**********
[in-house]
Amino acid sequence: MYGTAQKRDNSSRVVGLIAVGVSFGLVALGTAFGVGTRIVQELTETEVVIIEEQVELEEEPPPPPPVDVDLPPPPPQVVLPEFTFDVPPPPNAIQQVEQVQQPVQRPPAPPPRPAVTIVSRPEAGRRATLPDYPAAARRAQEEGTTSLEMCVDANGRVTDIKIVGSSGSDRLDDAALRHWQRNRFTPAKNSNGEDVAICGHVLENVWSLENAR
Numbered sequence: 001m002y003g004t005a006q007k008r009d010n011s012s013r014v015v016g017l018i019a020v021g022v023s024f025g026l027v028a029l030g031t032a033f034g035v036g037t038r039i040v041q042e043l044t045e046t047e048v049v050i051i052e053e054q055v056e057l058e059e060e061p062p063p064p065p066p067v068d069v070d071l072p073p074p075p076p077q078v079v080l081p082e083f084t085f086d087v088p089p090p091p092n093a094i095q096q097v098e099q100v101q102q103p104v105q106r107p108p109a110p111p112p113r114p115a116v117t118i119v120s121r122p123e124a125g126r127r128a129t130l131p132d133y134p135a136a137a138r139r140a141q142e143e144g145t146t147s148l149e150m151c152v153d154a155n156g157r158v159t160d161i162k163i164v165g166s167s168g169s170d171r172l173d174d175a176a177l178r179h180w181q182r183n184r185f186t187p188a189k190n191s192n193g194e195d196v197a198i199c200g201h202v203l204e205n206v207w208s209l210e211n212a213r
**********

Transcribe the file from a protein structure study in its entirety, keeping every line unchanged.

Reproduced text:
[in-house]
Amino acid sequence: MYGTAQKRDNSSRVVGLIAVGVSFGLVALGTAFGVGTRIVQELTETEVVIIEEQVELEEEPPPPPPVDVDLPPPPPQVVLPEFTFDVPPPPNAIQQVEQVQQPVQRPPAPPPRPAVTIVSRPEAGRRATLPDYPAAARRAQEEGTTSLEMCVDANGRVTDIKIVGSSGSDRLDDAALRHWQRNRFTPAKNSNGEDVAICGHVLENVWSLENAR
Numbered sequence: 001m002y003g004t005a006q007k008r009d010n011s012s013r014v015v016g017l018i019a020v021g022v023s024f025g026l027v028a029l030g031t032a033f034g035v036g037t038r039i040v041q042e043l044t045e046t047e048v049v050i051i052e053e054q055v056e057l058e059e060e061p062p063p064p065p066p067v068d069v070d071l072p073p074p075p076p077q078v079v080l081p082e083f084t085f086d087v088p089p090p091p092n093a094i095q096q097v098e099q100v101q102q103p104v105q106r107p108p109a110p111p112p113r114p115a116v117t118i119v120s121r122p123e124a125g126r127r128a129t130l131p132d133y134p135a136a137a138r139r140a141q142e143e144g145t146t147s148l149e150m151c152v153d154a155n156g157r158v159t160d161i162k163i164v165g166s167s168g169s170d171r172l173d174d175a176a177l178r179h180w181q182r183n184r185f186t187p188a189k190n191s192n193g194e195d196v197a198i199c200g201h202v203l204e205n206v207w208s209l210e211n212a213r